November 20, 2017Regulatory
The FDA has announced a comprehensive policy framework for the development and oversight of regenerative medicine products, including novel cellular therapies. The framework, which is outlined in a suite of four guidance documents, builds upon the FDA's existing risk-based regulatory approach to more clearly describe what products are regulated as drugs, devices, and/or biological products. Further, two of the guidance documents propose an efficient, science-based process for helping to ensure the safety and effectiveness of these therapies, while supporting development in this area. The suite of guidance documents also defines a risk-based framework for how the FDA intends to focus its enforcement actions against those products that raise potential significant safety concerns. This proposed framework is intended to balance the agency's commitment to safety with mechanisms to drive further advances in regenerative medicine so innovators can bring new, effective therapies to patients as quickly and safely as possible. The policy also delivers on important provisions of the 21st Century Cures Act.
The framework includes two final guidance documents and two draft guidance documents.
New Final Guidance Documents
The two final guidance documents clarify the FDA's interpretation of the risk-based criteria manufacturers use to determine whether a product is subject to the FDA's premarket review. The first guidance provides greater clarity around when cell and tissue-based products would be excepted from the established regulations if they are removed from and implanted into the same individual within the same surgical procedure and remain in their original form. The second final guidance helps stakeholders better understand how existing regulatory criteria apply to their products by clarifying how the agency interprets the existing regulatory definitions minimal manipulation and homologous use.
As this field advances, the FDA has noted that there are a growing number of regenerative medicine products subject to FDA premarket authorization. These guidance documents will help explain how the FDA will provide a risk-based framework for its oversight. The policy framework defines how we intend to take action against unsafe products while facilitating continued innovation of promising technologies. To accomplish this goal, the guidance document has clarified the FDA's view of minimal manipulation and homologous use. These are two concepts that are defined in current regulation to establish the legal threshold for when a product is subject to the FDA's premarket approval requirements. By further clarifying these terms in the final guidance, the FDA is applying a modern framework for its oversight. Under the new policy, in order to allow manufacturers of products time to comply with the requirements, for the first 36 months following issuance of the final guidance document the FDA intends to exercise enforcement discretion for certain products that are subject to the FDA's premarket review under the existing regulations, but are not currently meeting these requirements. The FDA does not intend to exercise such enforcement discretion for those products that pose a potential significant safety concern. Going forward, the FDA will apply a risk-based approach to enforcement, taking into account how products are being administered as well as the diseases and conditions for which they are being used. This risk-based approach allows product manufacturers time to engage with the FDA, as to determine if they need to submit a marketing authorization application and, if so, submit their application to the FDA for approval.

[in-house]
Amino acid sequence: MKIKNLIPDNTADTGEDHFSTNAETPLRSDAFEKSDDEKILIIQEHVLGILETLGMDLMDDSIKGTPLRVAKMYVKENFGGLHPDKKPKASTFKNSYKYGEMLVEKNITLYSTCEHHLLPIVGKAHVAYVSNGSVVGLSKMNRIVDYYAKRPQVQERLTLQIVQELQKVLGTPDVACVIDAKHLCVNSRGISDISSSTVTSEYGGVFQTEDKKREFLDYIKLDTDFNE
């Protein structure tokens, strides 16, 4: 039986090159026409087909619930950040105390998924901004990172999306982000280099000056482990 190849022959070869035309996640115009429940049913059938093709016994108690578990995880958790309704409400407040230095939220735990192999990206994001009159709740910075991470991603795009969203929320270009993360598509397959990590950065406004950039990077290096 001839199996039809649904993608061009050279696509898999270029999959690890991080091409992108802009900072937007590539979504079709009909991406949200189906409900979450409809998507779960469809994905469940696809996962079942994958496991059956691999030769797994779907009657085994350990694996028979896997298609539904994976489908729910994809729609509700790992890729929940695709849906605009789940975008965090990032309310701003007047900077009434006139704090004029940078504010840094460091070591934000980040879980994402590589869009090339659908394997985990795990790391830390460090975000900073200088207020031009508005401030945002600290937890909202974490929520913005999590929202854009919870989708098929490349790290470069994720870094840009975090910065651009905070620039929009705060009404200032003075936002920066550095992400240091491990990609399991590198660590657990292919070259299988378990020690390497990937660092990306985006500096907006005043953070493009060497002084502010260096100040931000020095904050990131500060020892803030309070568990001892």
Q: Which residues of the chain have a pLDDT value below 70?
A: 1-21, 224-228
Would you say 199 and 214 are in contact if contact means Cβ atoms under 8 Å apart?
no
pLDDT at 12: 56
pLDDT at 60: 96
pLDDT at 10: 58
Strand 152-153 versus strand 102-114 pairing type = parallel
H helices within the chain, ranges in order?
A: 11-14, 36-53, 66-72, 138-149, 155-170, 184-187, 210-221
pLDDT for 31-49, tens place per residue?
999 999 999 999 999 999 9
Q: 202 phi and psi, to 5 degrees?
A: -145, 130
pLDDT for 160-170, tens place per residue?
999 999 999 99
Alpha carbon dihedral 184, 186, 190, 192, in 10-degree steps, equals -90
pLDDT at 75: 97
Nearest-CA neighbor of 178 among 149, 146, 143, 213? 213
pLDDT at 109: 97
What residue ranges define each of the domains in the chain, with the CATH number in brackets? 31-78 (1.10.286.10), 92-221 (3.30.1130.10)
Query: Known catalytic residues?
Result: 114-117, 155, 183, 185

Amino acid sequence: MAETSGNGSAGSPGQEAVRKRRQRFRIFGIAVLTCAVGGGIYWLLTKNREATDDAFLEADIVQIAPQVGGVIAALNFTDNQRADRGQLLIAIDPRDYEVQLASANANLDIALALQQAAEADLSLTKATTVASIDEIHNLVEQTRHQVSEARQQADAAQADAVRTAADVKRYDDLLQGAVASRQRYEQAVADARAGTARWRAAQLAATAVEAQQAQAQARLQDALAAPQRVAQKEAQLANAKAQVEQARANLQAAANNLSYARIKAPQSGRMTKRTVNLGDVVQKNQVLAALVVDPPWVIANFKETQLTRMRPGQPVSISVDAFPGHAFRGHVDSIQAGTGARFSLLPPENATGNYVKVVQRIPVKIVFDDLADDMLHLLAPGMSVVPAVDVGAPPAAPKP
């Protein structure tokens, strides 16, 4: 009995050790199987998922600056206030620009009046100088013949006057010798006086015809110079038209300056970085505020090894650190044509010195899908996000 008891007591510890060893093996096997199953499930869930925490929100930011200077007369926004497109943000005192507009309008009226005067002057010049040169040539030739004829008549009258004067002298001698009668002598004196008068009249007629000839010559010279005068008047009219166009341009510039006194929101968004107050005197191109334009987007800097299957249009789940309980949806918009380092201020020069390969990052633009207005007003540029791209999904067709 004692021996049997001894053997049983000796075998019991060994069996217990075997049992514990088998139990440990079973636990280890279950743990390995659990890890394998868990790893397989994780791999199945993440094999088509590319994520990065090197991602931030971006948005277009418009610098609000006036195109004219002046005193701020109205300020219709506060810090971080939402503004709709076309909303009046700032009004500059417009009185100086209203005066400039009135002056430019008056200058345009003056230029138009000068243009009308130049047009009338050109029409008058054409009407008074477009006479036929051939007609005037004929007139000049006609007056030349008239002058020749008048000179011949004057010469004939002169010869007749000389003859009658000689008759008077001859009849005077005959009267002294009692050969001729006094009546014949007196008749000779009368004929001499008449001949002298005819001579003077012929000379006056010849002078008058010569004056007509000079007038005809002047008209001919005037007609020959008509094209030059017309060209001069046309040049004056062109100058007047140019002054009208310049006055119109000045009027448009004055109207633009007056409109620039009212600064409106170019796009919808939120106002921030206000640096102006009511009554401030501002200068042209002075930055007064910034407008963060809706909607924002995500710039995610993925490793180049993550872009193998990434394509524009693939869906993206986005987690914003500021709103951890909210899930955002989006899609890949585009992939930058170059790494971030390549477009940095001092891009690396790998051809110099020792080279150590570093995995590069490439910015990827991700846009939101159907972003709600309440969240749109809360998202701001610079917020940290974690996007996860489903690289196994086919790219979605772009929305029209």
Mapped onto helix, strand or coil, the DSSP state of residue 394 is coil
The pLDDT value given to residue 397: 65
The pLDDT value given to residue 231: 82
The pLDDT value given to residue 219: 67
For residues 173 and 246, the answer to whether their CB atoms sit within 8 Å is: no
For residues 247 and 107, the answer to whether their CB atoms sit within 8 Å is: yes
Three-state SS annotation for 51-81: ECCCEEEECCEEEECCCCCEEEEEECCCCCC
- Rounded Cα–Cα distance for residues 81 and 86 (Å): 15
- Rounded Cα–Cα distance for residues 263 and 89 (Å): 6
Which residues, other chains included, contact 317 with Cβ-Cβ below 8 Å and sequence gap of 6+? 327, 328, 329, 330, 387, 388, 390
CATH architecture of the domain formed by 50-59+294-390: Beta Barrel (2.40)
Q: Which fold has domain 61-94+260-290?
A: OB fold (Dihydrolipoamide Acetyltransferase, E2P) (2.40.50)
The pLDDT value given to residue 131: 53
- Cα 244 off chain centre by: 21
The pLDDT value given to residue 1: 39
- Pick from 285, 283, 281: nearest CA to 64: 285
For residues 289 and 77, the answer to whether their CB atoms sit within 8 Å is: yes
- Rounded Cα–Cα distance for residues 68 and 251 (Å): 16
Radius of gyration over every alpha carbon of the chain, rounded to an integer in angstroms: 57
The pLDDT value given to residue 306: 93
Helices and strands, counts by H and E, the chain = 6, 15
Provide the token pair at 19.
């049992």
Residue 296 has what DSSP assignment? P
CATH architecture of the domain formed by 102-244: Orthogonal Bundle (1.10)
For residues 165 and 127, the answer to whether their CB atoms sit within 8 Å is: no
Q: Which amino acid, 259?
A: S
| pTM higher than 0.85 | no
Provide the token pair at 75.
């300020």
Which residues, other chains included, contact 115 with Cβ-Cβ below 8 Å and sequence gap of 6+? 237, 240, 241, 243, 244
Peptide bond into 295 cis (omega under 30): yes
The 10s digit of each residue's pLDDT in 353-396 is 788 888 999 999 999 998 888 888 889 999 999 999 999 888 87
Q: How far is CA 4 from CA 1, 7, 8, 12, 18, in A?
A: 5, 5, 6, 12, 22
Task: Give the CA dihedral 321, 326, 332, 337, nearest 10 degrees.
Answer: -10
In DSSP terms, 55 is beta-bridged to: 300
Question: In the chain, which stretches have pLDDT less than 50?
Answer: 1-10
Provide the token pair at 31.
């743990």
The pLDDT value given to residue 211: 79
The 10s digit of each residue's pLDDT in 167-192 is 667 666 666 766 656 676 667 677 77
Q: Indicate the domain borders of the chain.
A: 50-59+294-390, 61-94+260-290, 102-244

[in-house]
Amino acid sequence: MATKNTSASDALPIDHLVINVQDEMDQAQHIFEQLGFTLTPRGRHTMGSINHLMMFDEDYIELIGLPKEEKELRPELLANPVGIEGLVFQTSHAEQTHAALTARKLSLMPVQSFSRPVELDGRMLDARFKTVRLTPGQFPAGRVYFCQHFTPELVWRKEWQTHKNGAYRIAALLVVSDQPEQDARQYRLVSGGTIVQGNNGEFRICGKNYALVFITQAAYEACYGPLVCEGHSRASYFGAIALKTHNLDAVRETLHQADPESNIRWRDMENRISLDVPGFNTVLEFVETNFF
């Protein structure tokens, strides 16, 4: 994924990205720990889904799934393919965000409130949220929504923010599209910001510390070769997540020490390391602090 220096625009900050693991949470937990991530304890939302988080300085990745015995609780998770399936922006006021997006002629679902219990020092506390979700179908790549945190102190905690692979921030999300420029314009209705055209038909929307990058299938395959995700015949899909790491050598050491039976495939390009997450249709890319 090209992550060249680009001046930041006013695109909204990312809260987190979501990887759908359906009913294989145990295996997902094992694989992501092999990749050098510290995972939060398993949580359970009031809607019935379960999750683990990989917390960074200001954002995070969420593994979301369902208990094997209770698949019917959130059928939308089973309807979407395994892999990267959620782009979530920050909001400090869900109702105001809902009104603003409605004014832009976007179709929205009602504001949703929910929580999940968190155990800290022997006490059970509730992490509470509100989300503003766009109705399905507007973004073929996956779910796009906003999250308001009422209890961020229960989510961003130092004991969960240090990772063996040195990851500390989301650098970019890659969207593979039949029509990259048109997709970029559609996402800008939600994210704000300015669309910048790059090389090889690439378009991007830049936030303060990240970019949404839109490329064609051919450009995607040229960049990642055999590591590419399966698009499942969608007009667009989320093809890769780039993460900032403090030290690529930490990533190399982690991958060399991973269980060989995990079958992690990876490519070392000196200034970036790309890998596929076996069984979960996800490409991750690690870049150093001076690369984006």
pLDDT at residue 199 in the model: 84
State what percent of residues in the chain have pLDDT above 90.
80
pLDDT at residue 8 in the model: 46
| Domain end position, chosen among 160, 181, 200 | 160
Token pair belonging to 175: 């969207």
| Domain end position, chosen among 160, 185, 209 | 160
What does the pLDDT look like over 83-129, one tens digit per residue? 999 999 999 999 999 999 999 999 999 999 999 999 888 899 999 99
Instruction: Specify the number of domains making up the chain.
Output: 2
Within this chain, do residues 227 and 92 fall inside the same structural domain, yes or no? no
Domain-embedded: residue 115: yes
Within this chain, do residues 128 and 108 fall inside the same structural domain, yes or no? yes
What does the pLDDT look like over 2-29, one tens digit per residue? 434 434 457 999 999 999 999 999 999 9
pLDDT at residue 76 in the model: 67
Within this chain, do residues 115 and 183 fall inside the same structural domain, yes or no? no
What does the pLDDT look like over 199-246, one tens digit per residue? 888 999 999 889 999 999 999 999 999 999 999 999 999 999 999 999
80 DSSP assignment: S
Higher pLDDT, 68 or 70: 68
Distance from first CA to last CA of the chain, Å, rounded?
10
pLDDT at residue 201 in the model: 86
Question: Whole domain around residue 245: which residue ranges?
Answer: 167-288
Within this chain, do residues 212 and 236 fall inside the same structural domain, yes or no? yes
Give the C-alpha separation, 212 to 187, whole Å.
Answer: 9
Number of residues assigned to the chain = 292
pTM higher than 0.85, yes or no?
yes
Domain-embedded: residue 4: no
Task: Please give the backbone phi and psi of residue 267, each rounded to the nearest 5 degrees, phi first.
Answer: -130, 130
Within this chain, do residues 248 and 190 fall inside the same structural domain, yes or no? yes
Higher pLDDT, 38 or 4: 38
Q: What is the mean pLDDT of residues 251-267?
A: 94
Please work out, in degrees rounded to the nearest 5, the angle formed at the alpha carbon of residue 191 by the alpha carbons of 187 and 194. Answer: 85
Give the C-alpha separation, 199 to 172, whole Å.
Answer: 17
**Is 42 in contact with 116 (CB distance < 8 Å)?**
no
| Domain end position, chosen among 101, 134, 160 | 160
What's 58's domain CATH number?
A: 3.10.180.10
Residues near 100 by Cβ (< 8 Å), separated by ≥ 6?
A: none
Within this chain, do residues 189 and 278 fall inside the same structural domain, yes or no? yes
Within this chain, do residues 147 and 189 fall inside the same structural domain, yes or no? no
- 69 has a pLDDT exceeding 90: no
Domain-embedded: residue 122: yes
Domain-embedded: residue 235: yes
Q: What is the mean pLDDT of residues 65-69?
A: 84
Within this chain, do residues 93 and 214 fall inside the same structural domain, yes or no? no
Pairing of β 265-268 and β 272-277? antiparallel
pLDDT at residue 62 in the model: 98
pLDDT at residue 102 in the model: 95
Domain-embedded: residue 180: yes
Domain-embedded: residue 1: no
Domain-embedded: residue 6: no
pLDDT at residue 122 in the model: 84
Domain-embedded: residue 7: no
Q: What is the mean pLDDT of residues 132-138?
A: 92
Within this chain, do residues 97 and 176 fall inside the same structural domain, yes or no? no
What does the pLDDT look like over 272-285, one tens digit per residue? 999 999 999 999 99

New Draft Guidance Documents
The two draft guidances provide important information to help spur development and access to innovative regenerative therapies. The first draft guidance, which builds off the regenerative medicine provisions in the 21st Century Cures Act, addresses how the FDA intends to simplify and streamline its application of the regulatory requirements for devices used in the recovery, isolation, and delivery of regenerative medicine advanced therapies (RMATs), including combination products. The guidance specifies that devices intended for use with a specific RMAT may, together with the RMAT, be considered to comprise a combination product.
The second draft guidance describes the expedited programs that may be available to sponsors of regenerative medicine therapies, including the new Regenerative Medicine Advanced Therapy (RMAT) designation created by the 21st Century Cures Act, Priority Review, and Accelerated Approval. In addition, the guidance describes the regenerative medicine therapies that may be eligible for RMAT designation - including cell therapies, therapeutic tissue engineering products, human cell and tissue products, and combination products using any such therapies or products, as well as gene therapies that lead to a durable modification of cells or tissues (including genetically modified cells).
Both draft guidance documents will have 90-day comment periods.